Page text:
Maija Itkonen is an industrial designer and co-founder of Gold & Green Foods, a company that specializes in Pulled Oats products. Previously she had founded the tech company PowerKiss. She sold it later to American company Powermat where she has worked as the Vice President of Design and Brand. Itkonen was also one of the founders of Aalto University’s Design Factory.
1. Why does the academic world need Helsinki Challenge right now?
The society in general needs to actively utilise scientific research and the information it provides. Research should be integrated better into the business world. It should be a crucial part of companies’ daily operation.
2. What kind of thinking do we need when solving the United Nation’s Agenda 2030 challenges?
We all need to put our different gifts and know-how into good use. We won’t achieve anything unless we try new things and challenge the way things have been done this far.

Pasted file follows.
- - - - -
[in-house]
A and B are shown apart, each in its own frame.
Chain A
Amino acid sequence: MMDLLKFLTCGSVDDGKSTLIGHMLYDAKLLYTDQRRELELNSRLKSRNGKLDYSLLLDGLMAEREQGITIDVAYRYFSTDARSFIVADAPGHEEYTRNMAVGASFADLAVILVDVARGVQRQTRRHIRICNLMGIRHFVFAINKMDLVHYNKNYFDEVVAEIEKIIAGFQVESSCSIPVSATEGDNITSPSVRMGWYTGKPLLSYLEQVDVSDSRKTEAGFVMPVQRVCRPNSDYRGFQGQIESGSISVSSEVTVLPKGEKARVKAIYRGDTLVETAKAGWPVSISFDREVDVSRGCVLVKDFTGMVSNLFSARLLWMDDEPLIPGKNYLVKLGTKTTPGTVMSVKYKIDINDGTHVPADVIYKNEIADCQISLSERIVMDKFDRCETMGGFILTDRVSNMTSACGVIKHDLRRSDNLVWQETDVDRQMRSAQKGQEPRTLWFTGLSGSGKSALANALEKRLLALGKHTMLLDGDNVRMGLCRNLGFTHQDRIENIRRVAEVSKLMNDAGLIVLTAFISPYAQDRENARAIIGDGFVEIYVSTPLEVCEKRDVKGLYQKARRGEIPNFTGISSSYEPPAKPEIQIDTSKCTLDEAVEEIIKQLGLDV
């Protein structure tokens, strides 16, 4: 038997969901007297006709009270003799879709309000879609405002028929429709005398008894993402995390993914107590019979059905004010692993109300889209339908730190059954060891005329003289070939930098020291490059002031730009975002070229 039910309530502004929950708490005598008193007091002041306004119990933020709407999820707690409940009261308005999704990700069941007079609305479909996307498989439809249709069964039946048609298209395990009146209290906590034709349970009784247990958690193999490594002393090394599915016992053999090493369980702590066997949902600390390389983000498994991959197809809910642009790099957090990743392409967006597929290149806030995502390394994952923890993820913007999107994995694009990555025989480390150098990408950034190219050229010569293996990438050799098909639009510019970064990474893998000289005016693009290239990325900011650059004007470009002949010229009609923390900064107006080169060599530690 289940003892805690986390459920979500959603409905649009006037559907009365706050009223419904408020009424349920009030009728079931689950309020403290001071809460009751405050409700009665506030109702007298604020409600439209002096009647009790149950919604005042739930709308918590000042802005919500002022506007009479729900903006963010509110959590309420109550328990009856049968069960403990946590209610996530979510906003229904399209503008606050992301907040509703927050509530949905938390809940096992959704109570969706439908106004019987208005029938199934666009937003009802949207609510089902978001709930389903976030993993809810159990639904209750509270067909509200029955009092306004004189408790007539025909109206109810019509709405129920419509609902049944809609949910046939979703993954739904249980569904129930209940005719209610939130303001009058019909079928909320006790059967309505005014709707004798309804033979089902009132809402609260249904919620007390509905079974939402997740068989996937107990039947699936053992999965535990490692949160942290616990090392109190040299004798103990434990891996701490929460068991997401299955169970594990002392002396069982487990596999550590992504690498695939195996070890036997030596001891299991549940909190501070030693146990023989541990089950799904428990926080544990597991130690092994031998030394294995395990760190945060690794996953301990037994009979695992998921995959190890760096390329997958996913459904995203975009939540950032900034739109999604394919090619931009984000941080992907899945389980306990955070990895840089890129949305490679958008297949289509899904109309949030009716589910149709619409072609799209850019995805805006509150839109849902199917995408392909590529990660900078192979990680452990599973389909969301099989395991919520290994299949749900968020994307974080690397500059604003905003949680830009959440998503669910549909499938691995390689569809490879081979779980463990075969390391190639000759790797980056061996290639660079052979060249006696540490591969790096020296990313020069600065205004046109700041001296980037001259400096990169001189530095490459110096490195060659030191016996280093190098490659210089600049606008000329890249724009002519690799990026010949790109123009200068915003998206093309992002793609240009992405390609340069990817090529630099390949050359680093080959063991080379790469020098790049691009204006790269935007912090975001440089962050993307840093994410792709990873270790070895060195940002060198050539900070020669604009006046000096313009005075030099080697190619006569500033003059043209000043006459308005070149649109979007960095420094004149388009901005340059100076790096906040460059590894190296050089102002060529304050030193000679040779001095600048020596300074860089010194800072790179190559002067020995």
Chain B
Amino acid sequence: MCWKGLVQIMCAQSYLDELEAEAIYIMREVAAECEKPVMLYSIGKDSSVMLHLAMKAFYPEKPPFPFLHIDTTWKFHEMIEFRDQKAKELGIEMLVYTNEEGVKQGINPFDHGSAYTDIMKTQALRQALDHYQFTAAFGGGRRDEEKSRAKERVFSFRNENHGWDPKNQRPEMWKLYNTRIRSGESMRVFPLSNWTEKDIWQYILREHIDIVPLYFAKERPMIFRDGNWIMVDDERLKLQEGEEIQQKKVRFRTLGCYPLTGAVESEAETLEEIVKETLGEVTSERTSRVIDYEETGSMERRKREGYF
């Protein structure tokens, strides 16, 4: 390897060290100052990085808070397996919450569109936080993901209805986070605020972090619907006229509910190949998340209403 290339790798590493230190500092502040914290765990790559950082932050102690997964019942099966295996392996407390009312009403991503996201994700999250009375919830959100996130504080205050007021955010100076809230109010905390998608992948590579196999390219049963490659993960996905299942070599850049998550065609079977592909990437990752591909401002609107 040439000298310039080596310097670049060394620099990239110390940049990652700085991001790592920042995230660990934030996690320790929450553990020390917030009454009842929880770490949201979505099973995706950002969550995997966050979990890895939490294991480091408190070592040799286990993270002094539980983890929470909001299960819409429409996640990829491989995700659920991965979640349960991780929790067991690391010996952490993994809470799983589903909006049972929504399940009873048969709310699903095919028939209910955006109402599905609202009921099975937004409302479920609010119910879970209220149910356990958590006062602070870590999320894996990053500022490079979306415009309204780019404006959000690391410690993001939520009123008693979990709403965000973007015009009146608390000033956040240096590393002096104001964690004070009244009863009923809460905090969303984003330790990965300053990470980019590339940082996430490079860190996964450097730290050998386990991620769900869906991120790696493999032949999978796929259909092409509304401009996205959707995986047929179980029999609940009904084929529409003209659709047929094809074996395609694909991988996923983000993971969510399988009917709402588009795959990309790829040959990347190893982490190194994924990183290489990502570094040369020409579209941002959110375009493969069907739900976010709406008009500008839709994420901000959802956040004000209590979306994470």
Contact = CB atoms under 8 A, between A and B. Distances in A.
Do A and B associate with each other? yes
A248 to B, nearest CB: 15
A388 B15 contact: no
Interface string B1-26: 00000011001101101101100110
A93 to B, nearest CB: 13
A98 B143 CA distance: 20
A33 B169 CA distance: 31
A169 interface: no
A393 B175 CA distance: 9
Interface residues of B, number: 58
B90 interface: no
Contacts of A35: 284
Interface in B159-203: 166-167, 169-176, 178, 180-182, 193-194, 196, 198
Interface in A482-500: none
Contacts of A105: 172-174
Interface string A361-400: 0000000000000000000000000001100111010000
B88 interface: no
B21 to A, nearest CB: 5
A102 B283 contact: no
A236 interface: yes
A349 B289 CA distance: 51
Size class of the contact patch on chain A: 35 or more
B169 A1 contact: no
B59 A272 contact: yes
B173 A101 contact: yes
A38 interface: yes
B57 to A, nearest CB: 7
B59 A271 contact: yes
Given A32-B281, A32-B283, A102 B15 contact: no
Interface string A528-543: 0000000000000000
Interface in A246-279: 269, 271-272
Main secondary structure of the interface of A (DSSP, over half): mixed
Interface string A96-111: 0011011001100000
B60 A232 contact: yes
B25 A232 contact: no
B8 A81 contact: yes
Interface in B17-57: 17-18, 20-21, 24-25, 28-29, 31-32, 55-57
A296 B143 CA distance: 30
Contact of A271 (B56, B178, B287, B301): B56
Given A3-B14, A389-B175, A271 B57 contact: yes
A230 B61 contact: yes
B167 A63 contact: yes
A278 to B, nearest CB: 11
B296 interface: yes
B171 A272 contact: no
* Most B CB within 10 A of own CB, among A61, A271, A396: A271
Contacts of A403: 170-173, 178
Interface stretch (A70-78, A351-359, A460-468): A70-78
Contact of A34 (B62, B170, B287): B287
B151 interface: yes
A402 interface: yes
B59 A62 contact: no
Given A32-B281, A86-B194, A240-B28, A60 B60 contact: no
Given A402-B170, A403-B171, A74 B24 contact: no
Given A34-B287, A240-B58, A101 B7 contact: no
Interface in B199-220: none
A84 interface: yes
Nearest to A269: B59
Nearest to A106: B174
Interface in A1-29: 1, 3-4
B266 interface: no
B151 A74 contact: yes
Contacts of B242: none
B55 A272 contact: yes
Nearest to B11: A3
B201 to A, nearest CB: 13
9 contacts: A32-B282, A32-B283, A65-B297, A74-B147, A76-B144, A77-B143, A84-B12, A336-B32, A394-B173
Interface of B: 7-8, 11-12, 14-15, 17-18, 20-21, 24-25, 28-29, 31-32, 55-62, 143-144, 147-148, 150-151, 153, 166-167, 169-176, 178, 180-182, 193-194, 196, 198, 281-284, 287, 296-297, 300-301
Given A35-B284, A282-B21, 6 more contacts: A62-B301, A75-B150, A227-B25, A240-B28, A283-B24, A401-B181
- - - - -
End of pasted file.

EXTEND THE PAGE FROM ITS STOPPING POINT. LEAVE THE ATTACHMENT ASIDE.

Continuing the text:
3. What is your piece of advice for the teams?
The most important thing for the Helsinki Challenge teams is to be able to communicate as simply as possible what it is they’re doing and why. This aspect is often cast aside because people tend to immerse themselves into details instead of the big picture.
4. What is your piece of advice for the teams when they face a moment of weakness during the accelerator programme?
Teams should leave no stone unturned, but at the same time they need to be sensitive towards what they’re doing. In some cases it is important to consider whether it would be smart to change course and try something else.
5. What has been an encounter that has led to a change in your way of thinking?
It’s difficult to choose one from my life in general, but I have a great recent example. I’d just taken my son to kindergarten and the weather was horrible. When I was leaving him I mumbled: “I hope you’re not going out today in this weather”. Luckily he didn’t hear me through the wind and sleet, but said in a bright little voice: “What a wonderful day! The earth looks like a kiwi fruit!” That’s when I learned that a fresh point of view is so much more important than our preconceptions.